Penny Churchill looks around the magnificent old Homestall Manor, where every inch seems to be filled with rich history.
If 1,000 years of history is still a dream, Will Peppitt of the Savills Department of Agriculture is selling the stunning II* listed Homestall Manor, with its sprawling complex of associated buildings, the entire complex spanning 28 acres of gardens and land in Ashurst Wood, just over the county line in West Sussex, within the High Weald AONB. Acting at the behest of Belleveue Mortlakes fixed beneficiaries, he quotes an estimated price of £10 million for this stately country home that boasts a unique provenance.
Originally a simple farmhouse, the oldest part of the estate dates from 1350, when it was probably used as a hunting box by John of Gaunt, son of Edward III, who owned the hunting rights in Ashdown Forest. In 1907 Lord Tommy Dewar, a Perth whiskey distiller, bought and restored The Homestall and remodeled the surrounding gardens.
After his death in 1930, his nephew, racehorse owner and breeder John Arthur Dewar, inherited the estate, which he used as a country retreat, living at Claridge’s for the remainder of the week.
However, for Dewar’s new wife, Katherine, the house was simply too small for the luxurious entertainment she had in mind. With the nonchalance of a very wealthy man, her husband responded by purchasing Dutton Hall, a large Tudor mansion in Cheshire dating back to Doomsday, which he dismantled, brick by brick, oak beam by oak beam, and rebuilt into an estate to form the present southwest wing of Homestall Manor.
This part of the house has an elaborately carved two-story porch with a pediment at the top, dated 1562. The imposing Great Hall has a partially closed hammer-beam roof, believed to have originated from the wardroom of the last English ship to see the battle. under sail and a stone fireplace from 1585.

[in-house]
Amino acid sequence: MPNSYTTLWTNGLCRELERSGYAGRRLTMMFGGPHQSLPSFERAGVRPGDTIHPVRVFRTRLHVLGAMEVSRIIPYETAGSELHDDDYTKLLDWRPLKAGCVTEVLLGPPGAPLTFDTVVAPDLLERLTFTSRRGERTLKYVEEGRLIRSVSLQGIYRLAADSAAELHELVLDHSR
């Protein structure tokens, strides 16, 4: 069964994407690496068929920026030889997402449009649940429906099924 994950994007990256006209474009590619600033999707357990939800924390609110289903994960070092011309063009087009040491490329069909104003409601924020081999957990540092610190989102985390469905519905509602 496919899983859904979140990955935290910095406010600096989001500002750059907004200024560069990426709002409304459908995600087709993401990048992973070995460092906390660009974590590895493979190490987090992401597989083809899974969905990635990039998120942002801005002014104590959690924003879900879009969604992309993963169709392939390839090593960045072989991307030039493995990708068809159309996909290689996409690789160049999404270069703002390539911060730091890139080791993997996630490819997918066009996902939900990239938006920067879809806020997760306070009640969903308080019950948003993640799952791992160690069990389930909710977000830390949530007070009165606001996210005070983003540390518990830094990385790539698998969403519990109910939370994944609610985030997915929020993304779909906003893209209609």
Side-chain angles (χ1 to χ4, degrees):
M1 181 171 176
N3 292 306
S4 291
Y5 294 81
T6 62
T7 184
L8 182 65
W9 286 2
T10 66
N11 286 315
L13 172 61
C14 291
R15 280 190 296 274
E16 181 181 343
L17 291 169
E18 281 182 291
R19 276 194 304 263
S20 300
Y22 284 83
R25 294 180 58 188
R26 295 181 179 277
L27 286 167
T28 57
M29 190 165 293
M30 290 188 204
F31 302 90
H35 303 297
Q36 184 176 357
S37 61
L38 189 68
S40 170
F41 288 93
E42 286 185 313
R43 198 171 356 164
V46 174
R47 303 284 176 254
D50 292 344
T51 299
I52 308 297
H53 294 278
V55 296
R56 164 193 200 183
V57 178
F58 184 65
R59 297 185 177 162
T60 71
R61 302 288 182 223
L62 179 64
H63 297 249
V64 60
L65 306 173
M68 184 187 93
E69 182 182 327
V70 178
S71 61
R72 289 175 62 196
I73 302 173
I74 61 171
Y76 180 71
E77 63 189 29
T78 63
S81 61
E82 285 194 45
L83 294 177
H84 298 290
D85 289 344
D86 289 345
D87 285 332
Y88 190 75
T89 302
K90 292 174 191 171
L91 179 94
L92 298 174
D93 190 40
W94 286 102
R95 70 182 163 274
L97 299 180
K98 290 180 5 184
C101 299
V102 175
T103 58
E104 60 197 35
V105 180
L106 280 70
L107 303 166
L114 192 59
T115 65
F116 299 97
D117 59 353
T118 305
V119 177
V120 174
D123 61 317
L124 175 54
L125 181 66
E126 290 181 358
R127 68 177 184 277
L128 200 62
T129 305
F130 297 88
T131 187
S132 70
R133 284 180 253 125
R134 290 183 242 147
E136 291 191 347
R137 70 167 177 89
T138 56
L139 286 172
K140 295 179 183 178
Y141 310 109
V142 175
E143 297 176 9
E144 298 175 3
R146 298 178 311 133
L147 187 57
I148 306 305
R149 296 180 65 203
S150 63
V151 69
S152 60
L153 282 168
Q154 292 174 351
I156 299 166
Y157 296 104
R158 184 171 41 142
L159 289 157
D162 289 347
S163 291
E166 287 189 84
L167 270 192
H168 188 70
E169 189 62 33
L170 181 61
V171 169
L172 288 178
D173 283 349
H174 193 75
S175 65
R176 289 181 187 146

By the way, the front door of the French monastery is said to be over 1000 years old.
To the south of the house are regular gardens with ponds overlooking the forest, and on the territory there are two all-weather tennis courts and a swimming pool.
During World War II, the building, then known as Dutton Homestall, served as a satellite hospital run by the formidable Sir Archibald Mackindo, who performed miracles of plastic surgery during World War II. It became Stoke Brunswick Preparatory School in the late 1940s and became residential again in 2009.
In its current configuration, Homestall Manor offers approximately 26,000 sq. feet of living space, and various outbuildings provide another 10,760 sq. conversion of former school buildings into 15 vacation homes.
However, in terms of the future of the estate, Mr. Peppit does not exclude anything. In his opinion, the next caretaker could very well be “a hotel owner, director or lord of the manor” – or even someone enterprising from a very different path in life.
The Homestall estate is up for sale for £10 million – see more photos and details.
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